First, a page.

Analysis Of Martin Luther King And Malcolm X

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Since the dawn of time, there has always existed the concept of good vs evil. Normally, this concept is used to explain two forces battling against each other in order to influence people’s actions. However, these concepts also exist on a realistic level; although the realistic form is based on race rather than morals. Like a recessive gene, black people were suppressed by the dominant gene, white people, in the 1950’s. With the white race oppressing the black race being a colossal dilemma, few people chose to solve it. Among them were Martin Luther King, and Malcolm X. While King wanted to solve the problem with peace, Malcolm knew the only way to solve the dispute was fighting back. Malcolm X was born in 1925 in Omaha Nebraska, and was one…show more content…
The concept Malcolm thought of was if there was a society of apples, and a part of the society happened to be rotten, the best course of action was to separate that group from the bunch. This concept was, what he believed, required in order to obtain equality. For while the black apples were the healthy ones, the white ones were rotten. With this idea in mind, Malcolm said, “Will these awakened black masses demand integration into the white society that enslaved them?” (DR), and when he said it; he displayed two key factors. First, the black masses have awoken, meaning they were sound asleep to the lullaby of the thought of integration and how amazing it would be; and now they’ve awaken to see that separation was better choice for them to obtain equality. Second, he showed actions of the “white society” they reside in. He accomplished this by asking if they wanted to live free where they people who enslaved them live, and if they would shake hands with the people who locked up their hands. To further illustrate the point, he asked “Will the exploited and oppressed black masses seek integration with their white exploiters and white oppressors?” (DR). This was a rhetorical question of course, and like a nail, he used it to continually hammers the point into the minds of the people, that they cannot integrate with those who have oppressed them. To…show more content…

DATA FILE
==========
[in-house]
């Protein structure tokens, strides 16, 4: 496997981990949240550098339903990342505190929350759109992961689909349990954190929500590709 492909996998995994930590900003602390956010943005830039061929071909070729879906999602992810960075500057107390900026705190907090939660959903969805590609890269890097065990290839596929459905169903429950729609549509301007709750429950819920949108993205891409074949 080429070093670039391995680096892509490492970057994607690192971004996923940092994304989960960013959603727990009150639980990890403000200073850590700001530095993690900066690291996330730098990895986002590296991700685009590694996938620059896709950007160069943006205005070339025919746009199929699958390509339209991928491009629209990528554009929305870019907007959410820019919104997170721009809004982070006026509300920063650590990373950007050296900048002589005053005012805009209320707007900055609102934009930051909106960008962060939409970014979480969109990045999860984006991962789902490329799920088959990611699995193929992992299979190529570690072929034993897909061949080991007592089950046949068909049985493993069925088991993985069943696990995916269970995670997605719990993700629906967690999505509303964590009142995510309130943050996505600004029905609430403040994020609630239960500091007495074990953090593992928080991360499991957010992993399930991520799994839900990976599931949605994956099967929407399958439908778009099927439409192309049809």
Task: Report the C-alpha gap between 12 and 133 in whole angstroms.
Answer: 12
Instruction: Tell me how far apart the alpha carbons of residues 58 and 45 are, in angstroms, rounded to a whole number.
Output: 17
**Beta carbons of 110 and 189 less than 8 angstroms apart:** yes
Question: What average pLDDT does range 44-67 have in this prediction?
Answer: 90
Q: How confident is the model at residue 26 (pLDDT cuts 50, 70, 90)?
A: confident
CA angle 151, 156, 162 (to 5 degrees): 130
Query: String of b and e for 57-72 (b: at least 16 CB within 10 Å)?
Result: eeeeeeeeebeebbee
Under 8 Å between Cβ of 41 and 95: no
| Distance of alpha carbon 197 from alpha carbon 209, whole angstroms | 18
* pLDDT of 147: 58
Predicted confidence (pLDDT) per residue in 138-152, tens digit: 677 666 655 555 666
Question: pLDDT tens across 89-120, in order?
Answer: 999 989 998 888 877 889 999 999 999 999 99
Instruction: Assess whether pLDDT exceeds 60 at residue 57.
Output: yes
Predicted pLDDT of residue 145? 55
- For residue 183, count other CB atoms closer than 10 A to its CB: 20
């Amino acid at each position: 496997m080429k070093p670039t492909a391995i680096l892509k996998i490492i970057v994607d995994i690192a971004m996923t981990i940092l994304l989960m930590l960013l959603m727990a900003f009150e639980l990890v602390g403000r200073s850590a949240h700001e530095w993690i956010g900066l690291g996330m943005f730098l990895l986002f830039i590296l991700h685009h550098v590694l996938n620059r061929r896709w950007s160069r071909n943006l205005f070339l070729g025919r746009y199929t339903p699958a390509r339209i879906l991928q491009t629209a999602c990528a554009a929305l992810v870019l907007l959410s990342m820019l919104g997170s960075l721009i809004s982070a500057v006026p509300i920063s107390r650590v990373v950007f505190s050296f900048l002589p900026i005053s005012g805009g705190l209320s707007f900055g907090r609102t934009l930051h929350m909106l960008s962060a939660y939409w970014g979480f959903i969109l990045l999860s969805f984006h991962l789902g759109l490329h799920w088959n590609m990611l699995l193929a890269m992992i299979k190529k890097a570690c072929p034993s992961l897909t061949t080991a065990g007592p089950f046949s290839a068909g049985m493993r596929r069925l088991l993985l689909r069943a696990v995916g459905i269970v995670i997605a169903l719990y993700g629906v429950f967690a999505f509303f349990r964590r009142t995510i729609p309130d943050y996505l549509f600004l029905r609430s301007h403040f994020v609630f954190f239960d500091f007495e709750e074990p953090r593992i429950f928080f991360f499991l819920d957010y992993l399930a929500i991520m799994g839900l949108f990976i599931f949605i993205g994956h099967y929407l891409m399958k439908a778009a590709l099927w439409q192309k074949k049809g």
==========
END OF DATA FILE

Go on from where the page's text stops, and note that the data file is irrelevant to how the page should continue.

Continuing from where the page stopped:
The idea of loving the person who stood for eradicating the entire African race and to make sure he was always at the bottom was, to Malcolm, comparable to doing nothing. What could love do that self-defense couldn’t? Nothing! The mere concept that love was greater than self-defense was absurd. Because it was incredibility absurd Malcolm continually denounced the idea. He accomplished this by suggesting that “I don 't think that we should run around trying to love somebody who doesn 't love us.” () Along with this statement came two important factors. The First infatuation doesn’t help knock down the wall which blocks the laws from justice in America, it only made it extremely harder to knock it down because it gave people the option to cop-out. Second, the idea of Martin Luther King was closer to foolishness and insanity, than actually substance to help the injustice. When Martin said to overcome the injustice with love and peace, it crept under Malcolm’s skin and continually bothered him, in which he thought, “’Well, let 's overcome them with our capacity to love." What kind of phrase is that?” () Malcolm figured that loving the enemy rather than fighting against the enemy was ridiculous. Not only did Malcolm hate the idea, he felt that when others followed
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